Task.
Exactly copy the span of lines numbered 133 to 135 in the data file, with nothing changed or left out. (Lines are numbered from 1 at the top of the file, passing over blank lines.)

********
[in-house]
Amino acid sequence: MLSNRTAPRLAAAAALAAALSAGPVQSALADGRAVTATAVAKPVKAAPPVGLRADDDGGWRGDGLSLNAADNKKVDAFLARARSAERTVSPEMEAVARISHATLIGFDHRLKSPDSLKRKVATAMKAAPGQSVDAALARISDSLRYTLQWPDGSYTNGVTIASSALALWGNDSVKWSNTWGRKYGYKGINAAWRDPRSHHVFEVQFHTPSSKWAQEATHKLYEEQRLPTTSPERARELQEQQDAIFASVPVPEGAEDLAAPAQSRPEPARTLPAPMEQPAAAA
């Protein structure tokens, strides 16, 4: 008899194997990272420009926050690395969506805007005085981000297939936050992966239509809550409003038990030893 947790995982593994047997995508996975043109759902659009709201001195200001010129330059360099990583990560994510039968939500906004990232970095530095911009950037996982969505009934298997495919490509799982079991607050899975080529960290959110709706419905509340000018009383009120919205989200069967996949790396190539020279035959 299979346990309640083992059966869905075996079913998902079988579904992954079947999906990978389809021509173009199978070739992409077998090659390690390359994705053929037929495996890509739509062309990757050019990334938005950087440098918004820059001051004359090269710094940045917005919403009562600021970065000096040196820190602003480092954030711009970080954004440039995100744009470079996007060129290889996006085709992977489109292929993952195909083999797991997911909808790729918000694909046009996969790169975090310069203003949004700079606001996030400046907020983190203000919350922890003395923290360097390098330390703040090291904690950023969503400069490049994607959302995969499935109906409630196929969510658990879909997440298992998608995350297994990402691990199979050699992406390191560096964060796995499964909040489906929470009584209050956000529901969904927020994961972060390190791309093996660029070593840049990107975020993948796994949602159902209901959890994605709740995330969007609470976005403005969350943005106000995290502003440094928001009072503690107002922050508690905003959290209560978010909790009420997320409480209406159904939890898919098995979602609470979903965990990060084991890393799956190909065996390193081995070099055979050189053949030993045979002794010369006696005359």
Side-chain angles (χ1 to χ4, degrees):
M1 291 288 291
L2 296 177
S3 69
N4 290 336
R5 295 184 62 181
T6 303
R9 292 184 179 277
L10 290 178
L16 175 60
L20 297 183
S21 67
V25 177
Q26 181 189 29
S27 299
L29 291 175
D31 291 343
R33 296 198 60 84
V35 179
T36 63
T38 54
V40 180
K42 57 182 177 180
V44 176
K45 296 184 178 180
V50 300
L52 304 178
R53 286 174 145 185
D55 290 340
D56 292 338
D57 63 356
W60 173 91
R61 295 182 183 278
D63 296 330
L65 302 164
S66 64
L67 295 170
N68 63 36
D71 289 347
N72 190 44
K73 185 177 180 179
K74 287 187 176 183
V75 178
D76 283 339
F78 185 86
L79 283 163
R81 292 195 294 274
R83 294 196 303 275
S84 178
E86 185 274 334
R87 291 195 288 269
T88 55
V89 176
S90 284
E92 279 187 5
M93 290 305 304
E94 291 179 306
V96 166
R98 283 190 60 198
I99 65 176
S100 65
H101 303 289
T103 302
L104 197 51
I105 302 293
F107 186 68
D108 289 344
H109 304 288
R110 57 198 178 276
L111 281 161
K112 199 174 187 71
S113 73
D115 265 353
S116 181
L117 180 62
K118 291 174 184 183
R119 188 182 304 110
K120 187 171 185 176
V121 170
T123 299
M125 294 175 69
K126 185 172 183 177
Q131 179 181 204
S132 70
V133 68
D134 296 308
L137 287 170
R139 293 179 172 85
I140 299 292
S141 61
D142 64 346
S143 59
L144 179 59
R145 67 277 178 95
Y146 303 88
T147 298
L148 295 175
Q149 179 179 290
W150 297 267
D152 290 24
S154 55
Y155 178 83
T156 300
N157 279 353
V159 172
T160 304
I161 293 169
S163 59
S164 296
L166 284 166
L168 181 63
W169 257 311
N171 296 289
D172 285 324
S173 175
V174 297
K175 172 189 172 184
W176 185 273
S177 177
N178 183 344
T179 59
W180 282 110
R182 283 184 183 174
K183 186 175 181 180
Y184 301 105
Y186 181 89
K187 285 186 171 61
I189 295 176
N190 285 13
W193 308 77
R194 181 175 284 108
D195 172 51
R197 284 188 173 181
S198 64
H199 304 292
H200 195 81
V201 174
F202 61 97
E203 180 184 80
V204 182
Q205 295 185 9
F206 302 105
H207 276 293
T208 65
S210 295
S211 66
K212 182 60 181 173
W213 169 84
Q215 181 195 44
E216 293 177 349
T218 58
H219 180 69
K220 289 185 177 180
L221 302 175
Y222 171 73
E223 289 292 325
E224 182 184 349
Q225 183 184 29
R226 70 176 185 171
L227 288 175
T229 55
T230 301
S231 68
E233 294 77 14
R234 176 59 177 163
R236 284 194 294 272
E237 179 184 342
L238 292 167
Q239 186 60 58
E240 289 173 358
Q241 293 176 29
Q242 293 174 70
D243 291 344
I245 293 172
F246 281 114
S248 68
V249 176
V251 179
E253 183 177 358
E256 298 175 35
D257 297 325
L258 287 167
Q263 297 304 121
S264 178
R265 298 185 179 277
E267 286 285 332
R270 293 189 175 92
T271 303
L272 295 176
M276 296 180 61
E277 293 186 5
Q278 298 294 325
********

W193 308 77
R194 181 175 284 108
D195 172 51